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The upper limb of Paranthropus boisei from Ileret, Kenya

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Richmond,  Brian G.
Department of Human Evolution, Max Planck Institute for Evolutionary Anthropology, Max Planck Society;

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Gunz,  Philipp
Department of Human Evolution, Max Planck Institute for Evolutionary Anthropology, Max Planck Society;

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Citation

Richmond, B. G., Green, D., Lague, M., Chirchir, H., Behrensmeyer, A., Bobe, R., et al. (2020). The upper limb of Paranthropus boisei from Ileret, Kenya. Journal of Human Evolution, 141: 102727. doi:10.1016/j.jhevol.2019.102727.


Cite as: http://hdl.handle.net/21.11116/0000-0006-4E66-1
Abstract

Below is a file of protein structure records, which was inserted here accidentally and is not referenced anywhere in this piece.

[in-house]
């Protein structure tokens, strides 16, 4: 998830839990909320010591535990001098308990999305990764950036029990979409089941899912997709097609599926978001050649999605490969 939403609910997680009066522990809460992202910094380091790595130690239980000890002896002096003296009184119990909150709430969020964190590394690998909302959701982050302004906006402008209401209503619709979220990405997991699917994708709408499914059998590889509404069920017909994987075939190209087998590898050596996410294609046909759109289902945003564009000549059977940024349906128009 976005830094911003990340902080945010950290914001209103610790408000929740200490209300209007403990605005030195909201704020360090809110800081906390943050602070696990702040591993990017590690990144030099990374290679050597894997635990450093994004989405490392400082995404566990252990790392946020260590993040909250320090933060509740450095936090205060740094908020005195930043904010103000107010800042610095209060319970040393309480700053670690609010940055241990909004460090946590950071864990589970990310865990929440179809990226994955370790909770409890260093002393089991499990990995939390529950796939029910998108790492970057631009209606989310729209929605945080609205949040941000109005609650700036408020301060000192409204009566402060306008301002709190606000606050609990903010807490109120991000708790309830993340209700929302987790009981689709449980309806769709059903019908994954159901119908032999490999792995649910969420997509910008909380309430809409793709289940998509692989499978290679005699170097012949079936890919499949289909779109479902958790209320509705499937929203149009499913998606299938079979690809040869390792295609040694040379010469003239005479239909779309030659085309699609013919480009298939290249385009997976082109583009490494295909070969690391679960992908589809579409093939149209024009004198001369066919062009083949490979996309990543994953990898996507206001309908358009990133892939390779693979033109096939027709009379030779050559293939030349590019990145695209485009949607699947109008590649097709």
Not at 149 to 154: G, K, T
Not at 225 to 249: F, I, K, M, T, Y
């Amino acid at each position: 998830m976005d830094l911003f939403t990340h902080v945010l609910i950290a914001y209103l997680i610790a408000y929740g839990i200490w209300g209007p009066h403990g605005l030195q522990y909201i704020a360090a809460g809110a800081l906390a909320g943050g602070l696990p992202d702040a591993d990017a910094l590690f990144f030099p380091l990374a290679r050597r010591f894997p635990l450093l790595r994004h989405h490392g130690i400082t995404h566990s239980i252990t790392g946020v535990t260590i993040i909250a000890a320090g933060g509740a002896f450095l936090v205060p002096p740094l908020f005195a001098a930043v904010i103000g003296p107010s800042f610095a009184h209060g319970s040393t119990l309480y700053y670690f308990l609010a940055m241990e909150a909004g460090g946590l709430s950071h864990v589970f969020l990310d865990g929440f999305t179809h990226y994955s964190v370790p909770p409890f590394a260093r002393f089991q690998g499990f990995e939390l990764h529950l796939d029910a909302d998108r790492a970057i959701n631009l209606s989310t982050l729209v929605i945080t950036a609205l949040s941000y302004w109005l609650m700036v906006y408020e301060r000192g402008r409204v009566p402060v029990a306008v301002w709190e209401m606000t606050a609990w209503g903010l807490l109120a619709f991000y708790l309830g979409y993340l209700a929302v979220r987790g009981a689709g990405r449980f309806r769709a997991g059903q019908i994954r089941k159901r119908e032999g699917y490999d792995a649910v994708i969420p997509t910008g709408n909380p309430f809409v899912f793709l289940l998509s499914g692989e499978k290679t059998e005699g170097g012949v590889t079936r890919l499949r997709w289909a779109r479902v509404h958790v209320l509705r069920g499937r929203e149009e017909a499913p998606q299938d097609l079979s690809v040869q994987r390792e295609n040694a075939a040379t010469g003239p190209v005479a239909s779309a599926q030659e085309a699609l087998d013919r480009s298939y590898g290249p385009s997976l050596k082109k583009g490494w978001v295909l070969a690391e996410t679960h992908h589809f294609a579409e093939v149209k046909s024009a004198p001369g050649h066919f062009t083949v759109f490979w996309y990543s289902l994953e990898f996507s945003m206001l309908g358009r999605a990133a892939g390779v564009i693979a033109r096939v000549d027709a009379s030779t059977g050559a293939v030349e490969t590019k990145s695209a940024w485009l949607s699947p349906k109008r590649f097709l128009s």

Paranthropus boisei was first described in 1959 based on fossils from the Olduvai Gorge and now includes many fossils from Ethiopia to Malawi. Knowledge about its postcranial anatomy has remained elusive because, until recently, no postcranial remains could be reliably attributed to this taxon. Here, we report the first associated hand and upper limb skeleton (KNM-ER 47000) of P. boisei from 1.51 to 1.53 Ma sediments at Ileret, Kenya. While the fossils show a combination of primitive and derived traits, the overall anatomy is characterized by primitive traits that resemble those found in Australopithecus, including an oblique scapular spine, relatively long and curved ulna, lack of third metacarpal styloid process, gracile thumb metacarpal, and curved manual phalanges. Very thick cortical bone throughout the upper limb shows that P. boisei had great upper limb strength, supporting hypotheses that this species spent time climbing trees, although probably to a lesser extent than earlier australopiths. Hand anatomy shows that P. boisei, like earlier australopiths, was capable of the manual dexterity needed to create and use stone tools, but lacked the robust thumb of Homo erectus, which arguably reflects adaptations to the intensification of precision grips and tool use. KNM-ER 47000 provides conclusive evidence that early Pleistocene hominins diverged in postcranial and craniodental anatomy, supporting hypotheses of competitive displacement among these contemporaneous hominins.